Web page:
Hardening Off Plants

Hardening OffWhy you need to harden off plants:

Seeds sown indoors or plants grown at home from cuttings will have become accustomed to the conditions of your home or your greenhouse. In order to survive when planted out they will need to be gradually acclimatised to the harsher growing conditions outside, where temperatures are cooler, humidity is lower and there is greater air movement. If the shock is too great then plants will not thrive and growth can be severely stunted. Hardening off will allow your plants to make the changes and adaptations needed to do well in their new outdoors growing position. Hardening off will thicken and alter the plants leaves and increase their waxiness. You should note, however, that hardening off can only prepare plants to a degree and frost-sensitive plants will not become hardy.

When to start the process:

Hardening off usually takes around two or three weeks. The warmer the conditions that the plants have become used to, the longer it will take the plants to adapt for outdoors growing. Hardy plants can be hardened off much quicker than half-hardy or tender plants. To know when to begin the hardening off process, especially for tender plants, it is essential to know the last frost date for your area. This is of course earlier in the south than it is in the north of England and Scotland. For a lot of us, the last frost date falls somewhere in April, so this is the month to consider hardening off many of your plants.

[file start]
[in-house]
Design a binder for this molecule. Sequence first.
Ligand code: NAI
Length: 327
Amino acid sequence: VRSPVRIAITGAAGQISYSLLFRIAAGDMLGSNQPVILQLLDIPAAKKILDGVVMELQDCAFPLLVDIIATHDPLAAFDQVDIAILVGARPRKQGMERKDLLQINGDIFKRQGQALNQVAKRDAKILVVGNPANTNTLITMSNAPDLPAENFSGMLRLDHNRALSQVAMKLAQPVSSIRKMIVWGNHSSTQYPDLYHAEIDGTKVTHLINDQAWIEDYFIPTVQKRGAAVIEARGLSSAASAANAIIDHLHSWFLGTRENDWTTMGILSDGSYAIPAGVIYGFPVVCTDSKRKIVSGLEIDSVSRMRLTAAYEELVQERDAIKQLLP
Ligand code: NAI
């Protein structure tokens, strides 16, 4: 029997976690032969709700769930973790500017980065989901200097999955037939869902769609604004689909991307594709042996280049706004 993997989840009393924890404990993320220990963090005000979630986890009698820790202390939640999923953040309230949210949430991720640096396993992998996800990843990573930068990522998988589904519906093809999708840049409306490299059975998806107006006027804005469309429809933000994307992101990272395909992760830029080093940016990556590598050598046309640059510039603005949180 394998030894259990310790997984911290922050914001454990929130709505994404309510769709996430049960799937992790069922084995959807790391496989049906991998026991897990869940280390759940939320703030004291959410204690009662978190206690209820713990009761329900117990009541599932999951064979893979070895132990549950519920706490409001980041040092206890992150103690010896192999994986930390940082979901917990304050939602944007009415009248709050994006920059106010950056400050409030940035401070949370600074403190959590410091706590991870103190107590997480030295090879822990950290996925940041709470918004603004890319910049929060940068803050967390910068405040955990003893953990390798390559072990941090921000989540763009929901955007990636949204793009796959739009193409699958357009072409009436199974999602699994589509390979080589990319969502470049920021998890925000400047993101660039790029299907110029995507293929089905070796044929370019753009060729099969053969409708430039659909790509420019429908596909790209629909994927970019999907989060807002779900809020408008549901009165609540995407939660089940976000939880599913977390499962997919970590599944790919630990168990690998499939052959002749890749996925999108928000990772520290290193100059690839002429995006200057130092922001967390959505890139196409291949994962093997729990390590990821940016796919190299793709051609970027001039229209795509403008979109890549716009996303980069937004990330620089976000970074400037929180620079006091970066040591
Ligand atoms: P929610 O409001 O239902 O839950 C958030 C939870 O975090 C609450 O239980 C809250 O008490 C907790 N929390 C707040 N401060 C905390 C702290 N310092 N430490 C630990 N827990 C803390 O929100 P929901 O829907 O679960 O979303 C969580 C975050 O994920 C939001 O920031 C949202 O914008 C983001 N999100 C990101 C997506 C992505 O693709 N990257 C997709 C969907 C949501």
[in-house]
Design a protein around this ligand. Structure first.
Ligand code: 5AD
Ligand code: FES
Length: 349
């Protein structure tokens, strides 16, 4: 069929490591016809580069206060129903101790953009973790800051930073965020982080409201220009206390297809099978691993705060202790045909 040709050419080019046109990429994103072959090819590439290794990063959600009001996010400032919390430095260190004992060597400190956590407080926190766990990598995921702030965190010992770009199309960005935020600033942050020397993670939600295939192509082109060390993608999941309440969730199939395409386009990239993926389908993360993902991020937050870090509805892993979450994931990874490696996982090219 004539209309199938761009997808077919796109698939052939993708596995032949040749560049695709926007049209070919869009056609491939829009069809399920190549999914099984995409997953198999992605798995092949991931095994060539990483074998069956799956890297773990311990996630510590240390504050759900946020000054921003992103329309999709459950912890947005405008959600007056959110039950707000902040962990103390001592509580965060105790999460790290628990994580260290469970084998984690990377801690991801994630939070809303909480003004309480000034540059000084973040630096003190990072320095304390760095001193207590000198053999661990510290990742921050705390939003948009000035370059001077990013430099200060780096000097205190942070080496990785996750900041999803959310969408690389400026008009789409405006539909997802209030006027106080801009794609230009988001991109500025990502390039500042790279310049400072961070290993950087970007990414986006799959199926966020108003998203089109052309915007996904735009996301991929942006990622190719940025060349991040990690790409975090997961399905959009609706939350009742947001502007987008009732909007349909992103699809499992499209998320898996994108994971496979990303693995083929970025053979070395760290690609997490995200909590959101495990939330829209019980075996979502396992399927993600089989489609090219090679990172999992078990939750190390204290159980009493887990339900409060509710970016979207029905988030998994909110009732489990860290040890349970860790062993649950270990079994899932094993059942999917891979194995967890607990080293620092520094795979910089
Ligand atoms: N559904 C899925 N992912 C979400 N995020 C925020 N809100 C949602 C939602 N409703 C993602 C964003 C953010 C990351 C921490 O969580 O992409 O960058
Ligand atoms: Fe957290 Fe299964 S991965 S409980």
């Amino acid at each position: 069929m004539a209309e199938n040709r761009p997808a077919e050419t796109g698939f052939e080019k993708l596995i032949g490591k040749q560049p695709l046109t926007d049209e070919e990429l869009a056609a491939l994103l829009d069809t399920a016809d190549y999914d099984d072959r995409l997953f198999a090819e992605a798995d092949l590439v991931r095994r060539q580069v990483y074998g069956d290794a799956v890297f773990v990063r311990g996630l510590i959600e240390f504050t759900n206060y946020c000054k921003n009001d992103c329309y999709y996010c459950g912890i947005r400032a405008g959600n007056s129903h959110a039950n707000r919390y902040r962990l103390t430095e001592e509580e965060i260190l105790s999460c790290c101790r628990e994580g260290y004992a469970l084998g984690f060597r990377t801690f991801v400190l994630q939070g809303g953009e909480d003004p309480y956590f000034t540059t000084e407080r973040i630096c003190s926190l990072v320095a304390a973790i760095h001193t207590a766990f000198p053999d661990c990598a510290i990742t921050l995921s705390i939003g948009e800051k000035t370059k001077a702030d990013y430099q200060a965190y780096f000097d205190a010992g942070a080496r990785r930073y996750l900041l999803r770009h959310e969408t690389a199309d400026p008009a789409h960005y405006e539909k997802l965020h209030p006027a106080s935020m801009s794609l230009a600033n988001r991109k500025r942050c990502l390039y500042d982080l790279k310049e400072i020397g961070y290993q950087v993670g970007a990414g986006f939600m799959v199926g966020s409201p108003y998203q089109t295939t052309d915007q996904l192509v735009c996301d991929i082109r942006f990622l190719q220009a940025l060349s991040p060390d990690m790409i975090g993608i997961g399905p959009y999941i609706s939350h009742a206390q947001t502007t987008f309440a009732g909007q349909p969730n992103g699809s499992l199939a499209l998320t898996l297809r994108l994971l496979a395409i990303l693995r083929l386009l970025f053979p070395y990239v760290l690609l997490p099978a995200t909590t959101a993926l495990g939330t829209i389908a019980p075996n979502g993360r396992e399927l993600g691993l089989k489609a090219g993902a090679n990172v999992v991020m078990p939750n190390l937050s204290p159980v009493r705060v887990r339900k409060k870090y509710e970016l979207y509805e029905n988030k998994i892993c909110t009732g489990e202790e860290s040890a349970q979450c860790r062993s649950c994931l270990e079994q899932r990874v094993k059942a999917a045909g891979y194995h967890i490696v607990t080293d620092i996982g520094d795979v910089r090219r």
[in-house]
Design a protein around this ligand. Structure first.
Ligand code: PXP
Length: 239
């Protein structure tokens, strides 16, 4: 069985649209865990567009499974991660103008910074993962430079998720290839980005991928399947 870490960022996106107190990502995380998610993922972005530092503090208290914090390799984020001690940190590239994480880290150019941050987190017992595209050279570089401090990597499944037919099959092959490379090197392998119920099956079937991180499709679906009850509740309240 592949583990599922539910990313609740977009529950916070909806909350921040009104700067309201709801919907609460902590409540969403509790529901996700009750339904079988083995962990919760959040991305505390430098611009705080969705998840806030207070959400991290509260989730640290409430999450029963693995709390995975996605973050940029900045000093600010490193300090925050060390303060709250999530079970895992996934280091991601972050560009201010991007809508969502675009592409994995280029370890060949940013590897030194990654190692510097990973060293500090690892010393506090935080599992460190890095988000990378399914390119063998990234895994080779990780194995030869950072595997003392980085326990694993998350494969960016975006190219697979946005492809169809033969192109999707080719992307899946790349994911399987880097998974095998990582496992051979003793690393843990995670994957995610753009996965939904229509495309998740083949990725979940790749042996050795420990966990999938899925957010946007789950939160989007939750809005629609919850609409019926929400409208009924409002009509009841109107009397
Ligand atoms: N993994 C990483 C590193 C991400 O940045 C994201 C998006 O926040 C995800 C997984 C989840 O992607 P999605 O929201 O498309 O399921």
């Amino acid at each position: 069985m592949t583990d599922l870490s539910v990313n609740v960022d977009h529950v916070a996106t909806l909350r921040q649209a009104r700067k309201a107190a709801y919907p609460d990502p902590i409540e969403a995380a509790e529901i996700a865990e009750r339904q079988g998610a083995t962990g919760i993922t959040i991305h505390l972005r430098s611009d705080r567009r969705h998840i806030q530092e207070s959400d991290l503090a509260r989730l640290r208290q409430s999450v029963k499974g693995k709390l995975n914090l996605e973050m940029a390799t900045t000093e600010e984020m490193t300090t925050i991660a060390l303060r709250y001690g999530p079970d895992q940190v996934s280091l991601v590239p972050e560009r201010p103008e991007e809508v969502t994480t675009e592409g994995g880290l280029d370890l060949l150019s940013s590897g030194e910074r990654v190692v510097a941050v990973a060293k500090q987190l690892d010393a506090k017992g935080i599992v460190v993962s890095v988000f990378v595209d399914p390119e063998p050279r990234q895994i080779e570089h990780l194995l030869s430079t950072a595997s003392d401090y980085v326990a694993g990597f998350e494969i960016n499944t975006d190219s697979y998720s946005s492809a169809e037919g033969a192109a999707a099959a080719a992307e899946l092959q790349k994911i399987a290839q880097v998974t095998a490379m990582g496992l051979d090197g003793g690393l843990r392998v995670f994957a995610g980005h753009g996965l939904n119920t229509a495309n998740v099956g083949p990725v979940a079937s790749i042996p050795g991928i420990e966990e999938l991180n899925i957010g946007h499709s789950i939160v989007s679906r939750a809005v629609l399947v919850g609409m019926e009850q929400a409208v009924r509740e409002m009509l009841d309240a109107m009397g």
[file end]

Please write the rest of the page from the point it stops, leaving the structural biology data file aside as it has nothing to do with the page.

How to harden off plants:

By Michael CorneliusHardening off plants is a process that goes in stages. What exactly those stages are will depend on the facilities that are available to you at home. If possible, plants grown inside should first be moved, ideally on a dull, overcast day, to an unheated glasshouse and should remain there for a couple of weeks before being moved to a well-ventilated cold frame and kept there for at least a few days before they are moved to their final growing position. If you do not have a greenhouse then you can move plants to a cold frame right away, first leaving the lid very slightly open during the day and closing it at night, then gradually moving over the next couple of weeks to leaving it open all the time. Cloches can also help to protect plants while they harden off, but it should be noted that these do not offer as much protection as a cold frame. Horticultural fleece can also be used to give extra protection to plants, especially if there is a sudden late frost.

If plants are damaged by cold temperatures, you can sometimes cut out the damaged areas and continue the hardening off process. Pay attention to plants and keep on top of any pests such as greenfly that can multiply as the weather begins to warm.